…when a publishing acquaintance of mine, June Cotner, asked me if I’d like to review a copy of her book, Dog Blessings, I hesitated.
Well, although I’ve written my fair share of teen angst poetry and a few fun prose pieces, I don’t normally read other people’s poetry. It’s not that there’s anything wrong with poetry, and I’m sure most poetry takes a lot more thought and work than anything I’ve ever written – but it’s just not my thing. When I look to curl up with a book, I choose fast paced suspense novels like those written by Dean Koontz and John Grisham. I’ve also read my fill of humorous and heart wrenching dog memoirs, and piles of behavioral books (courtesy of Toby).
I usually pass it by…
Yet this particular book was about dogs, and so I agreed to take a look.
June was kind enough to send me a free copy of her book for my review, and it arrived right before my vacation. In the midst of packing chaos I set the book aside – and there it sat. When I returned from my trip, I was smack in the middle of reading Bonding With Your Dog by Victoria Schade, (thanks again to a certain yellow lab), and so the days passed and Dog Blessings lay dormant on my shelf.
Not quite forgotten, but not getting the attention it deserved.
And a few weeks later when I opened my inbox and saw the name “June Cotner” on the “From” line of one of my emails, I smacked myself on the head for procrastinating for so long. Thankfully, her email was only to comment on one of my posts, not to berate me for not reviewing her book yet, but it did the trick all the same. I headed to the bookshelf and carried it back to the sofa – and when I turned it over in my hands, the first thing I noticed was the pair of cuddling Vizslas on the cover.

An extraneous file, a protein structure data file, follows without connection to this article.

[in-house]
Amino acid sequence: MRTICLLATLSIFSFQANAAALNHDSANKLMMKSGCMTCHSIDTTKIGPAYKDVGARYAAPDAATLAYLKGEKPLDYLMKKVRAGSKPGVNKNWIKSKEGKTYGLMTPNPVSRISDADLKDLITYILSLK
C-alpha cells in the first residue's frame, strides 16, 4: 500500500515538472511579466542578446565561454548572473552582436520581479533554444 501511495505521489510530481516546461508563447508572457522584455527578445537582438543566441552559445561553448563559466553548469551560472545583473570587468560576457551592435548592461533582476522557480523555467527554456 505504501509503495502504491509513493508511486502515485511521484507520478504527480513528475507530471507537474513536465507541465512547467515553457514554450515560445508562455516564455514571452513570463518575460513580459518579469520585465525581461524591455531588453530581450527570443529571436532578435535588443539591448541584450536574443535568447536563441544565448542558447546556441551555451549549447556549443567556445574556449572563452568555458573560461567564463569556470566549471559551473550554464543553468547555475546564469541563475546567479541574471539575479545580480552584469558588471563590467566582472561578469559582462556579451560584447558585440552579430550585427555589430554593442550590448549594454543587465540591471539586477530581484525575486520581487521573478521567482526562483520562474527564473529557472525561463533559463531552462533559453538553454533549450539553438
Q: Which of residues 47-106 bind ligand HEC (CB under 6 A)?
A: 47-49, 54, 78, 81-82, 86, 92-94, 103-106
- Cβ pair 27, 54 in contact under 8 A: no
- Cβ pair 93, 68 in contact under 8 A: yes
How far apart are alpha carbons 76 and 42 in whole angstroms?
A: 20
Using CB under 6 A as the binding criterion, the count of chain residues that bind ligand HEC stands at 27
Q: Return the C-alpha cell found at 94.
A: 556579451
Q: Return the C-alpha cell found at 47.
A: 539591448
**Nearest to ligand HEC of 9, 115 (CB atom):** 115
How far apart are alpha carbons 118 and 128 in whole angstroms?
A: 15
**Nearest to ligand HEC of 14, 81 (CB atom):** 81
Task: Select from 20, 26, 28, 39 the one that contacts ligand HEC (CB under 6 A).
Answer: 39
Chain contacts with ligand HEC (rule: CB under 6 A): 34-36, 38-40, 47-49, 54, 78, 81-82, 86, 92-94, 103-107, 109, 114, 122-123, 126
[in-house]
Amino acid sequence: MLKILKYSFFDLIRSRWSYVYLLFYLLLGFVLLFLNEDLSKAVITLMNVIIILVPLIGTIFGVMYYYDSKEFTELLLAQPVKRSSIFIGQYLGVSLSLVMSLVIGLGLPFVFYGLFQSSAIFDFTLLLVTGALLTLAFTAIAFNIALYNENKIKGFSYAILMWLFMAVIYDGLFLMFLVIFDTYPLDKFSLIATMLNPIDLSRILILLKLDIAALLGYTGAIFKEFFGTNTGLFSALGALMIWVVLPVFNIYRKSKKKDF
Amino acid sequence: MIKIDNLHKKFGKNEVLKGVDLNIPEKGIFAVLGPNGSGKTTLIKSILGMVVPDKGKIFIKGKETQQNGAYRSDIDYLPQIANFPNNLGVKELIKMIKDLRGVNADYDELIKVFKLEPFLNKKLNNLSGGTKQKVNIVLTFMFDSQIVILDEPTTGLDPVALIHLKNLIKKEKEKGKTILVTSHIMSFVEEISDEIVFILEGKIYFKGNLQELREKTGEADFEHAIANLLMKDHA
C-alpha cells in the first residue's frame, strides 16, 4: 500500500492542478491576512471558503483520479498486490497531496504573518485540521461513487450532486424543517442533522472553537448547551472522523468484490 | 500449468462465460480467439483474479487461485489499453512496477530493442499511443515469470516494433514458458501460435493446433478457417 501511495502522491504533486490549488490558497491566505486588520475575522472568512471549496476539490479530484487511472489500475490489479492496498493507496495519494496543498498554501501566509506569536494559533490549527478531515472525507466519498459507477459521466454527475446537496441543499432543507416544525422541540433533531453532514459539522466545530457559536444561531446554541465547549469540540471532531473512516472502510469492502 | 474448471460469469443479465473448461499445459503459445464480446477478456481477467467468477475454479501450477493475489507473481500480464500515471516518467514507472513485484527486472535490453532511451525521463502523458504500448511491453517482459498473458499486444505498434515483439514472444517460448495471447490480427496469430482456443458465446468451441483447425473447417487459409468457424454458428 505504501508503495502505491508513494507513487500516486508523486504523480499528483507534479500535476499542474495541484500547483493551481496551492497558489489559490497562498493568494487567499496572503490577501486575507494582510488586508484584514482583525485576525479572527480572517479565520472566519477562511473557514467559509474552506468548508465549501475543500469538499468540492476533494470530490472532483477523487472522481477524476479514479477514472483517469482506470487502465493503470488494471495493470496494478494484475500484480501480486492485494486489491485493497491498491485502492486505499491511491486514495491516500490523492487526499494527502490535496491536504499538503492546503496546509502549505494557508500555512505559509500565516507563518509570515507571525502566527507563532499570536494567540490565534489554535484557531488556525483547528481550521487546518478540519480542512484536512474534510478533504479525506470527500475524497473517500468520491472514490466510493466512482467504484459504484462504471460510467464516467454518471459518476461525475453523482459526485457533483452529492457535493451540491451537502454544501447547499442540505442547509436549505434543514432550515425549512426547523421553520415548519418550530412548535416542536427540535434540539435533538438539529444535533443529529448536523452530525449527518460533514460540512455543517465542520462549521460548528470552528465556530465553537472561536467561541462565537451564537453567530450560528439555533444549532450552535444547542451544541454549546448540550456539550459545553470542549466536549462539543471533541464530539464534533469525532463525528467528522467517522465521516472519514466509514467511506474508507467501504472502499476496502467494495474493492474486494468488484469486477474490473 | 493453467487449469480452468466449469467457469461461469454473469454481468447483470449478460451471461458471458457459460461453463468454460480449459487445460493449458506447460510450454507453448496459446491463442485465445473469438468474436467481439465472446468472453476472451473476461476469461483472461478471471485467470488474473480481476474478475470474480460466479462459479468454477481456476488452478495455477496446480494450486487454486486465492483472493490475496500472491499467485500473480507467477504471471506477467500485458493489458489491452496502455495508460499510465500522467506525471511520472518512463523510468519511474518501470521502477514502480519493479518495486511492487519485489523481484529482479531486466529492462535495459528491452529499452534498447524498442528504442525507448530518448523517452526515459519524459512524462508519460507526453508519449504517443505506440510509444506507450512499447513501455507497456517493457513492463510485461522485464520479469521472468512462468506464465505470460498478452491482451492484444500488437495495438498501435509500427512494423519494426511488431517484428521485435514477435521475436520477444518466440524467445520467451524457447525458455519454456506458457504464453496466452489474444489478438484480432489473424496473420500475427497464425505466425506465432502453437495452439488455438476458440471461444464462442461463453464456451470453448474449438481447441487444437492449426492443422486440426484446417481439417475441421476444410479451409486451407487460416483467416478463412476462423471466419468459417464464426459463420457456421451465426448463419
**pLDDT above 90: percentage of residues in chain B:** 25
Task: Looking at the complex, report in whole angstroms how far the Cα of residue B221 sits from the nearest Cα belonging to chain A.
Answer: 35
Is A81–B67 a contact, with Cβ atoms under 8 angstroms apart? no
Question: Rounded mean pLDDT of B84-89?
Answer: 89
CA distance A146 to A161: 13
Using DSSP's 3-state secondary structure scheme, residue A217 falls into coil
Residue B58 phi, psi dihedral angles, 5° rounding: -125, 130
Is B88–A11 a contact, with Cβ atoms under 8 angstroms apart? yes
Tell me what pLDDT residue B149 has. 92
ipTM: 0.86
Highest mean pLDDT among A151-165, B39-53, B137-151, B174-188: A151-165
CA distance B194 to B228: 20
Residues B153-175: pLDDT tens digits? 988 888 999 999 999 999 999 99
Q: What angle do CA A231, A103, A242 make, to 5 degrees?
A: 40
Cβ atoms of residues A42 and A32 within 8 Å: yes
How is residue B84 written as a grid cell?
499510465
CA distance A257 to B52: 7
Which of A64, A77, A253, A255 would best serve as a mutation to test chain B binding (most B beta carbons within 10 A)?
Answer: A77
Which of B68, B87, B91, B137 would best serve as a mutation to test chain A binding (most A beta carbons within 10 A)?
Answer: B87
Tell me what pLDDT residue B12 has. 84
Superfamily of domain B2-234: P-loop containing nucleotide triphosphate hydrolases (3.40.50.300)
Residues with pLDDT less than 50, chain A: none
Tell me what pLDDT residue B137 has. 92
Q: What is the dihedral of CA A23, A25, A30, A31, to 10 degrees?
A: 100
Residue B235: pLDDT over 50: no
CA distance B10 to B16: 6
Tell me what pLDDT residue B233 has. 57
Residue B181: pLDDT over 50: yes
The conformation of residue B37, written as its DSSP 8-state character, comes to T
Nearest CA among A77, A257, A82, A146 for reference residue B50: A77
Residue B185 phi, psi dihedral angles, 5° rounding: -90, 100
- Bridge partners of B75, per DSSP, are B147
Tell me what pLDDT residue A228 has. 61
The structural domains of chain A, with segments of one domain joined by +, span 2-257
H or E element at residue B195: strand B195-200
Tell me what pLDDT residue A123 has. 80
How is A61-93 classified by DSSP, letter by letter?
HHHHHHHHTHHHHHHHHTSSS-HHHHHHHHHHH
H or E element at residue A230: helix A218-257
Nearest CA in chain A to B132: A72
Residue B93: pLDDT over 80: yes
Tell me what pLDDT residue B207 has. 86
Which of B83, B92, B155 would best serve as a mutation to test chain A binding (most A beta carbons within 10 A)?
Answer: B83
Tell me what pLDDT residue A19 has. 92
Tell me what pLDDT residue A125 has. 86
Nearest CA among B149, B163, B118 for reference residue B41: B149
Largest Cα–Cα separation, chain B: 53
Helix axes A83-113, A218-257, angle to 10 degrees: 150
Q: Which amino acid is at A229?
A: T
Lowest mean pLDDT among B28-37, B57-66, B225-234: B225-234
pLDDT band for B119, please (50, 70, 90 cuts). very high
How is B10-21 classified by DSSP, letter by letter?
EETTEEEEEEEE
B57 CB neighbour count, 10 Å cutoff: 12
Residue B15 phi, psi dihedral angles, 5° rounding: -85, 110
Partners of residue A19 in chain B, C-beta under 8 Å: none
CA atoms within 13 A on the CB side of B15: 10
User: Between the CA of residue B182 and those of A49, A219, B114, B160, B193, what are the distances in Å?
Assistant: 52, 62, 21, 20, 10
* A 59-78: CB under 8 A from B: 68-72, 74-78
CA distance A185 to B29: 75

My interest piqued, into the pages I dove…
The book is split into eight sections; A Dog’s World, Puppies, Our Bond, Devotion, Aging Gracefully, Partings, Reflections, and Prayers, Blessings, and Inspiration – and each of the sections contains prose that compliments the heading.
I mentioned I don’t normally read poetry, right? Somehow I passed high school English while remaining blissfully ignorant about such technical things as stanzas, verse, meter, and pacing….so I’m not going to attempt to review the quality of the poems or the skills of the poets, as I have nothing with which to compare.
But I can say that many of the writers painted dead-on depictions of our four legged friends.
One of my favorites, “The Science of Faith” by Patti Tana, describes a dog’s yearning for something that has gone missing from her life with such clarity I could imagine the dog standing before me, tail lowered in disappointment. Lisa Timpf’s “To Let You Go Gently” struck a cord, as it reminded me so much of Leah as she herself starts to show signs of age. And “Rescue Dog” by Sonya R. Liehr brings up the age old question of “Who rescued who?”
According to June Cotner, she compiled this book because she “wanted to honor and celebrate the profound ways in which our dog companions bless our lives.” And I think she did a great job of reaching her goal. I’m glad to have had the chance to read it, and to expand my reading horizons to include works that I would not have discovered on my own. This would be a good book to give as a gift to a dog lover, or to peruse through over your morning cup of coffee. In June’s notes, she also recommends using the prayers and reflections in the last chapter in any “Blessings of the Animals” services, and you can also use the prayers from the “Partings” chapter for memorial services for your dog.